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NCJ Number: 68719 Add to Shopping cart Find in a Library
Title: RESEARCH ON POLICE DISCRETION AND ORGANIZATION BEHAVIOR - SURVEY INSTRUMENT
Corporate Author: University of California, Los Angeles
Institute of Government and Public Affairs
United States of America
Date Published: 1973
Page Count: 57
Sponsoring Agency: National Institute of Justice/
Rockville, MD 20849
University of California, Los Angeles
Los Angeles, CA 90024
Sale Source: National Institute of Justice/
NCJRS paper reproduction
Box 6000, Dept F
Rockville, MD 20849
United States of America
Document: PDF
Language: English
Country: United States of America
Annotation: THIS PUBLICATION PRESENTS A SURVEY INSTRUMENT FOR USE IN RESEARCH ON POLICE DISCRETION AND ORGANIZATIONAL BEHAVIOR.
Abstract: THE INSTRUMENT WAS DEVELOPED BY THE INSTITUTE OF GOVERNMENT AND PUBLIC AFFAIRS AT THE UNIVERSITY OF CALIFORNIA AT LOS ANGELES. FUNDED BY LEAA, IT WAS INTENDED FOR USE IN AN INTERVIEW STUDY OF DECISION MAKING BY POLICE OFFICERS IN THREE DEPARTMENTS IN LOS ANGELES COUNTY. THE SURVEY SOUGHT INFORMATION ABOUT THE WAY POLICE OFFICERS MADE ROUTINE DECISIONS AND THE REASONS FOR THESE DECISIONS AS WELL AS ABOUT SUPERVISORY PRACTICES AND OTHER ASPECTS OF ORGANIZATIONAL BEHAVIOR. THE SECTION ON GENERAL INFORMATION COVERS THE SURVEY'S PURPOSE, THE TIME REQUIRED FOR EACH INTERVIEW, PROCEDURES FOR CONDUCTING INTERVIEWS, INTERVIEWER'S MANNERS, ASKING QUESTIONS, RECORDING INFORMATION, AND PROBING FOR FURTHER INFORMATION. THE FIRST FOUR SURVEY QUESTIONS ARE DESCRIPTIONS OF HYPOTHETICAL LAW ENFORCEMENT SITUATIONS AND ASK POLICE OFFICERS WHAT THEY WOULD DO IN THOSE SITUATIONS. OTHER QUESTIONS PRESENT HYPOTHETICAL SITUATIONS WHICH INCLUDE POLICE ACTIONS AND ASK FOR EVALUATIONS OF THOSE ACTIONS. ADDITIONAL QUESTIONS CONCERN OPINIONS ON EXCESSIVE USE OF FORCE, DEPARTMENTAL EXPECTATIONS OF INDIVIDUAL OFFICERS, EVALUATIONS OF OFFICERS, ATTITUDES TOWARD POLICE WORK, AND THE OFFICER'S PERSONAL BACKGROUND. INSTRUCTIONS TO THE INTERVIEWER ACCOMPANY EACH QUESTION OR GROUP OF QUESTIONS.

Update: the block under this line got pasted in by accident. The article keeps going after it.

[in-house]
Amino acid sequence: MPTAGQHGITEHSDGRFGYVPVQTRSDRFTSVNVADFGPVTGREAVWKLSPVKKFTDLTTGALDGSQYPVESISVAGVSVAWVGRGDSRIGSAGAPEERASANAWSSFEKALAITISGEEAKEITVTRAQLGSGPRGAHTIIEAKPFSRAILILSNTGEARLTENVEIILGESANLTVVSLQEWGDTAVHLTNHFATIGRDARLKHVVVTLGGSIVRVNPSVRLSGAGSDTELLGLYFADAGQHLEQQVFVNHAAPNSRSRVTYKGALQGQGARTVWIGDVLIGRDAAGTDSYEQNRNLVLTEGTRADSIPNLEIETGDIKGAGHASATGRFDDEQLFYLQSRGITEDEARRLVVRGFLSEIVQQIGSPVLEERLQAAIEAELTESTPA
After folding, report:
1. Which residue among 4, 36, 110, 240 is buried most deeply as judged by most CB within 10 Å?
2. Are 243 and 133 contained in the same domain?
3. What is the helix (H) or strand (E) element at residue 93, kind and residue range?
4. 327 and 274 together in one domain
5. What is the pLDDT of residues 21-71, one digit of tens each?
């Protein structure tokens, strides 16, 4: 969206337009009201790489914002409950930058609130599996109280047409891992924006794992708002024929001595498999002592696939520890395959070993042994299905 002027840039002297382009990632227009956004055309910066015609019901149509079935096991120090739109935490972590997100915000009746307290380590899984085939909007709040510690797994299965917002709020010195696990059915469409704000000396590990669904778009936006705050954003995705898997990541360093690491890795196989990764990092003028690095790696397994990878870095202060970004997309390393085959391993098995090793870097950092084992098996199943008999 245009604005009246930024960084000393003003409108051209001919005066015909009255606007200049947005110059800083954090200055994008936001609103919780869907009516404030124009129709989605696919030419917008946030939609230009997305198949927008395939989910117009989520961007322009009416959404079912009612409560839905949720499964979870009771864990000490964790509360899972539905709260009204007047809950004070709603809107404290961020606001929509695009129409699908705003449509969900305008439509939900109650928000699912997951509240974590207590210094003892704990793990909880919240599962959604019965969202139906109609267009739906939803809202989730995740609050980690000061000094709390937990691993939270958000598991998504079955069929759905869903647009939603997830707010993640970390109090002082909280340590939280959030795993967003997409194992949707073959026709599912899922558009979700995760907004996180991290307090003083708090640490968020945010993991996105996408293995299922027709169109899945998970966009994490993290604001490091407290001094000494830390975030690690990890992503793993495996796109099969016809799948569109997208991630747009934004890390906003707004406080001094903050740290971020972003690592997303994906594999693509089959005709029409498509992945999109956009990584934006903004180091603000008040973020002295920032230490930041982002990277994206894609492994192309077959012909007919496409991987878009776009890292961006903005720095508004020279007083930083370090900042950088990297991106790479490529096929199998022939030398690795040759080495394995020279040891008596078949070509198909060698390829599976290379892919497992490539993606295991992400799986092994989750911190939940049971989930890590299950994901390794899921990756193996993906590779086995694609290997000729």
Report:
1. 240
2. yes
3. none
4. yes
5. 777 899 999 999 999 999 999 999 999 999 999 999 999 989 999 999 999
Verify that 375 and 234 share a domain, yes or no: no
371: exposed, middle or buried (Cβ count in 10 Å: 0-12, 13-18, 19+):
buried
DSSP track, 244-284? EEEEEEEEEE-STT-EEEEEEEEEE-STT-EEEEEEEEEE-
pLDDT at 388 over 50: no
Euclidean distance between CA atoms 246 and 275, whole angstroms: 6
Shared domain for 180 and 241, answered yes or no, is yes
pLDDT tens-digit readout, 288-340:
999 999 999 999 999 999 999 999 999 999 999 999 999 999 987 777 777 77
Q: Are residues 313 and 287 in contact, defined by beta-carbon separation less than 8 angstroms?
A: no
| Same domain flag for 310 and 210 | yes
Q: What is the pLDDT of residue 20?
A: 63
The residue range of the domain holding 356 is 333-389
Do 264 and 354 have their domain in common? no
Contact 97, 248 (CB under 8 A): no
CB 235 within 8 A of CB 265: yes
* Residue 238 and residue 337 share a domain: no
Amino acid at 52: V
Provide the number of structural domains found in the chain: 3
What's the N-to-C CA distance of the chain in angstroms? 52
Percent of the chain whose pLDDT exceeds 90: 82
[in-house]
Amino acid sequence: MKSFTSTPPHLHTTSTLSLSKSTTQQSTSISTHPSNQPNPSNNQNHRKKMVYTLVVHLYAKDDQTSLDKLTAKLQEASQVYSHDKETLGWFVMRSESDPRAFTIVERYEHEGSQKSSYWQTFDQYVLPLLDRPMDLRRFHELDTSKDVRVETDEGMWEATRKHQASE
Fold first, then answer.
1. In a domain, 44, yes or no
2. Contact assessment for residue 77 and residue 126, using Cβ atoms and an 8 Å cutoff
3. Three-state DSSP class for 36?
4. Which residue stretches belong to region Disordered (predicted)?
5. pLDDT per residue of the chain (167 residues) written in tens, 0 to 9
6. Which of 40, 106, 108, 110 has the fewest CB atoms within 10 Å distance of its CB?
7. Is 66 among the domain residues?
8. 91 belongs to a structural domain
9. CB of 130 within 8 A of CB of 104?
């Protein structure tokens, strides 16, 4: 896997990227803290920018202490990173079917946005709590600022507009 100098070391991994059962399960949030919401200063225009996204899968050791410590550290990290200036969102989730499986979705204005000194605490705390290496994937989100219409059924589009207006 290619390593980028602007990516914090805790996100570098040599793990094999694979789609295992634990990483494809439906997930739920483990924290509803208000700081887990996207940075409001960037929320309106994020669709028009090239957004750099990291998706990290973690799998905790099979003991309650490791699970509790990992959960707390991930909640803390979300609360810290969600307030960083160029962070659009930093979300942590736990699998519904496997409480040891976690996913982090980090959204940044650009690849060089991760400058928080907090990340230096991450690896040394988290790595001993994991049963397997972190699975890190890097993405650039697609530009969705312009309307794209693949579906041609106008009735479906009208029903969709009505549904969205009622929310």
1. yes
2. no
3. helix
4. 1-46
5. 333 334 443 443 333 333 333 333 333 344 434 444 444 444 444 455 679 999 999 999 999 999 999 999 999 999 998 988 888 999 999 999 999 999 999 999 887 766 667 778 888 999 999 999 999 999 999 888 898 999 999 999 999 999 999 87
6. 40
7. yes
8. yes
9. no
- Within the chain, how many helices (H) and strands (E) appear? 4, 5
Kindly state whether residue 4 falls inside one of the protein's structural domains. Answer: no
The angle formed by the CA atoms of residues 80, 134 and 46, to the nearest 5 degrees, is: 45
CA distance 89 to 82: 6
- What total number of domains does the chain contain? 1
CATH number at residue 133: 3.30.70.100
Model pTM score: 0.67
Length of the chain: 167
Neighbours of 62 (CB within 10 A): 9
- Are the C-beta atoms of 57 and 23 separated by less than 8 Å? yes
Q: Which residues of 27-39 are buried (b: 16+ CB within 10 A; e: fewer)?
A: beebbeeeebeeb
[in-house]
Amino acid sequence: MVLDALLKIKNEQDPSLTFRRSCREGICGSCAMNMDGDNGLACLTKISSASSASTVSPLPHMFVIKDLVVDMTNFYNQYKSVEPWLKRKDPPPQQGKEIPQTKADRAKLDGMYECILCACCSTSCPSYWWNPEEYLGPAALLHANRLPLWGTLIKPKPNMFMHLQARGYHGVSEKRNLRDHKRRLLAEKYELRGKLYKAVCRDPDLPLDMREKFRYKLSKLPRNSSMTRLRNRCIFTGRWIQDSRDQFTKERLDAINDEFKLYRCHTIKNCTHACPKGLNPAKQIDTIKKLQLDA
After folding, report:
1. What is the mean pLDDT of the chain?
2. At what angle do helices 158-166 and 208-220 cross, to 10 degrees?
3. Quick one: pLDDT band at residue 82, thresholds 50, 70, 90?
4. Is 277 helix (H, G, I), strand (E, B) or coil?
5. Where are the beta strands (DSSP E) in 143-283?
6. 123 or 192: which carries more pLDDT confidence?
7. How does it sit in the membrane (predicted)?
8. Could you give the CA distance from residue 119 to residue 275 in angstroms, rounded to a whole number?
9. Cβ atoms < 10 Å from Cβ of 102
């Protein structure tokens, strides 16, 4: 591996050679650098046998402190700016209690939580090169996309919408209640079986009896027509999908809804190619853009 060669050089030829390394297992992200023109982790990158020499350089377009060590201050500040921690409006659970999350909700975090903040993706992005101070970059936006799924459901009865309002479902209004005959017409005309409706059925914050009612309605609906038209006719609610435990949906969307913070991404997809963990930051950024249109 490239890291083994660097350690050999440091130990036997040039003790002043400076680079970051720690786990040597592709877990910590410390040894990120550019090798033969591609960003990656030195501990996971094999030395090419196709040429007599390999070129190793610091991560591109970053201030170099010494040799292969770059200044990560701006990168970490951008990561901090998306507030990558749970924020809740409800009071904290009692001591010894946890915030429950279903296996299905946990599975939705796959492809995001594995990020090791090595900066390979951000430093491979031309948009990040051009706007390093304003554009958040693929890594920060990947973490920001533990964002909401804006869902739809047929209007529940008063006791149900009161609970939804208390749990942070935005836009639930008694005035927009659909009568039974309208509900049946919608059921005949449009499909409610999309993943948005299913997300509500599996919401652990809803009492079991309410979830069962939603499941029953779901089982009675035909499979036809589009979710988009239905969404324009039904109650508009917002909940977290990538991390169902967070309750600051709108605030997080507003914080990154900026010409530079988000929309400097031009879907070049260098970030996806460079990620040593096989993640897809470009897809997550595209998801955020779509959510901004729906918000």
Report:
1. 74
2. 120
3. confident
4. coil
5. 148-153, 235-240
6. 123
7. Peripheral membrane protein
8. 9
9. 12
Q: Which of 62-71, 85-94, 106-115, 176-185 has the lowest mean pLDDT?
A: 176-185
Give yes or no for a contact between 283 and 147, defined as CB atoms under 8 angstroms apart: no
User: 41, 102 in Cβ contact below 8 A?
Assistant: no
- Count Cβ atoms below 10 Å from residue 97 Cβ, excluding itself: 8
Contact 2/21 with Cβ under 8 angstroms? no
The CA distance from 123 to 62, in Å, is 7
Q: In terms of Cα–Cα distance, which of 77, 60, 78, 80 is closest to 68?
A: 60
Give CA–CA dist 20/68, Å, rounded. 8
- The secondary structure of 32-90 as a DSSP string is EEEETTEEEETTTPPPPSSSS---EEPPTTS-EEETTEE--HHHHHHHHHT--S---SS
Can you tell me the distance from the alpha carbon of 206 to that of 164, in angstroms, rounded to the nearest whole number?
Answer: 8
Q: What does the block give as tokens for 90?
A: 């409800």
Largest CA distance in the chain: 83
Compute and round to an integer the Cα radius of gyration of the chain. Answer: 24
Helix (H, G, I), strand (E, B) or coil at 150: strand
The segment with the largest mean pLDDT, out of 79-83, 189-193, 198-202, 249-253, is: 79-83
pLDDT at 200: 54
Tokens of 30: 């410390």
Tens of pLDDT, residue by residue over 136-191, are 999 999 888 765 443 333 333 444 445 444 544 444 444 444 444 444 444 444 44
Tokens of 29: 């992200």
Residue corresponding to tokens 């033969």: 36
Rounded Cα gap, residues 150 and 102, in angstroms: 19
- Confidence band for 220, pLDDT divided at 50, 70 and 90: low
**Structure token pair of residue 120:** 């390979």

Index Term(s): California; Data collection devices; Police agencies; Police decisionmaking; Police discretion; Surveys
To cite this abstract, use the following link:
http://www.ncjrs.gov/App/publications/abstract.aspx?ID=68719

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